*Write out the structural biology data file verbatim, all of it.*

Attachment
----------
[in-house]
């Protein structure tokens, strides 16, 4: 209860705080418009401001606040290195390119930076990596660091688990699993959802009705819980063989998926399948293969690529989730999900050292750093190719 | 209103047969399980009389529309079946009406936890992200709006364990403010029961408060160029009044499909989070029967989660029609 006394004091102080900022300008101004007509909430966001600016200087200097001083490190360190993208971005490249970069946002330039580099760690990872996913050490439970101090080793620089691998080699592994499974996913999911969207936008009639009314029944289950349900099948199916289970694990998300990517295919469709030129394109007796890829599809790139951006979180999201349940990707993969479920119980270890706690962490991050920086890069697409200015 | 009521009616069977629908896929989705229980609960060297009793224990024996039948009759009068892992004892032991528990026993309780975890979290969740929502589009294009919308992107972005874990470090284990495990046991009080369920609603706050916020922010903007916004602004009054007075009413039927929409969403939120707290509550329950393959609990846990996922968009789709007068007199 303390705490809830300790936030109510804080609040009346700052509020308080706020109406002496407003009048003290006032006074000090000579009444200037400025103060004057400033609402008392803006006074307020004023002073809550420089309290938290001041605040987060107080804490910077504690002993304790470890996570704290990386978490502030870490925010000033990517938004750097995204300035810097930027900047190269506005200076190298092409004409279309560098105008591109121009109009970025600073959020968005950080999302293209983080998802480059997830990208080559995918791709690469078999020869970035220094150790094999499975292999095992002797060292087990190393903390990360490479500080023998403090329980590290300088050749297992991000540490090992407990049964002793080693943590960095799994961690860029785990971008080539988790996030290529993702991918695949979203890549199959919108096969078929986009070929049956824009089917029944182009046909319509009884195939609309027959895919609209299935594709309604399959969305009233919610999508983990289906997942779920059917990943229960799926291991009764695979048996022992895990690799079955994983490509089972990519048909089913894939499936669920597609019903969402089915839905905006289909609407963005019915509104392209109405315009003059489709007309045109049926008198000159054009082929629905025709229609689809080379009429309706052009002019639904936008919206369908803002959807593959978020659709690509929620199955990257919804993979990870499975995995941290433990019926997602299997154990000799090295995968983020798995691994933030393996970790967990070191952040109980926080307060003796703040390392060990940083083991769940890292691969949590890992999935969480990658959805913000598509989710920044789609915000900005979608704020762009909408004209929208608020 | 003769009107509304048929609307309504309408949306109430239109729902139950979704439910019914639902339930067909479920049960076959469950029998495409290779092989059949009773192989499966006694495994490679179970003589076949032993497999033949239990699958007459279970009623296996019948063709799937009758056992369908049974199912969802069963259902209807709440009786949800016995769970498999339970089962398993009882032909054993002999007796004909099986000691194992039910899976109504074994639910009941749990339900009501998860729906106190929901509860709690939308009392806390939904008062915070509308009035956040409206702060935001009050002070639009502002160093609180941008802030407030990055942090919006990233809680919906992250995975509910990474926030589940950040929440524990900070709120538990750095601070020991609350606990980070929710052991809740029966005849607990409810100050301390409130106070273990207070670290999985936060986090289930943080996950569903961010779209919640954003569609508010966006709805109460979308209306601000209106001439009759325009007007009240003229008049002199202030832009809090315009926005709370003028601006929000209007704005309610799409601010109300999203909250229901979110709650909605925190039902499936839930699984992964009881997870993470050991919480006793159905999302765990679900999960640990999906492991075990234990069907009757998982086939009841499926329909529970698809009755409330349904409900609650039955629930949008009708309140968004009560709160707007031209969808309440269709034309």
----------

[in-house]
């Protein structure tokens, strides 16, 4: 209860705080418009401001606040290195390119930076990596660091688990699993959802009705819980063989998926399948293969690529989730999900050292750093190719 | 209103047969399980009389529309079946009406936890992200709006364990403010029961408060160029009044499909989070029967989660029609 006394004091102080900022300008101004007509909430966001600016200087200097001083490190360190993208971005490249970069946002330039580099760690990872996913050490439970101090080793620089691998080699592994499974996913999911969207936008009639009314029944289950349900099948199916289970694990998300990517295919469709030129394109007796890829599809790139951006979180999201349940990707993969479920119980270890706690962490991050920086890069697409200015 | 009521009616069977629908896929989705229980609960060297009793224990024996039948009759009068892992004892032991528990026993309780975890979290969740929502589009294009919308992107972005874990470090284990495990046991009080369920609603706050916020922010903007916004602004009054007075009413039927929409969403939120707290509550329950393959609990846990996922968009789709007068007199 303390705490809830300790936030109510804080609040009346700052509020308080706020109406002496407003009048003290006032006074000090000579009444200037400025103060004057400033609402008392803006006074307020004023002073809550420089309290938290001041605040987060107080804490910077504690002993304790470890996570704290990386978490502030870490925010000033990517938004750097995204300035810097930027900047190269506005200076190298092409004409279309560098105008591109121009109009970025600073959020968005950080999302293209983080998802480059997830990208080559995918791709690469078999020869970035220094150790094999499975292999095992002797060292087990190393903390990360490479500080023998403090329980590290300088050749297992991000540490090992407990049964002793080693943590960095799994961690860029785990971008080539988790996030290529993702991918695949979203890549199959919108096969078929986009070929049956824009089917029944182009046909319509009884195939609309027959895919609209299935594709309604399959969305009233919610999508983990289906997942779920059917990943229960799926291991009764695979048996022992895990690799079955994983490509089972990519048909089913894939499936669920597609019903969402089915839905905006289909609407963005019915509104392209109405315009003059489709007309045109049926008198000159054009082929629905025709229609689809080379009429309706052009002019639904936008919206369908803002959807593959978020659709690509929620199955990257919804993979990870499975995995941290433990019926997602299997154990000799090295995968983020798995691994933030393996970790967990070191952040109980926080307060003796703040390392060990940083083991769940890292691969949590890992999935969480990658959805913000598509989710920044789609915000900005979608704020762009909408004209929208608020 | 003769009107509304048929609307309504309408949306109430239109729902139950979704439910019914639902339930067909479920049960076959469950029998495409290779092989059949009773192989499966006694495994490679179970003589076949032993497999033949239990699958007459279970009623296996019948063709799937009758056992369908049974199912969802069963259902209807709440009786949800016995769970498999339970089962398993009882032909054993002999007796004909099986000691194992039910899976109504074994639910009941749990339900009501998860729906106190929901509860709690939308009392806390939904008062915070509308009035956040409206702060935001009050002070639009502002160093609180941008802030407030990055942090919006990233809680919906992250995975509910990474926030589940950040929440524990900070709120538990750095601070020991609350606990980070929710052991809740029966005849607990409810100050301390409130106070273990207070670290999985936060986090289930943080996950569903961010779209919640954003569609508010966006709805109460979308209306601000209106001439009759325009007007009240003229008049002199202030832009809090315009926005709370003028601006929000209007704005309610799409601010109300999203909250229901979110709650909605925190039902499936839930699984992964009881997870993470050991919480006793159905999302765990679900999960640990999906492991075990234990069907009757998982086939009841499926329909529970698809009755409330349904409900609650039955629930949008009708309140968004009560709160707007031209969808309440269709034309």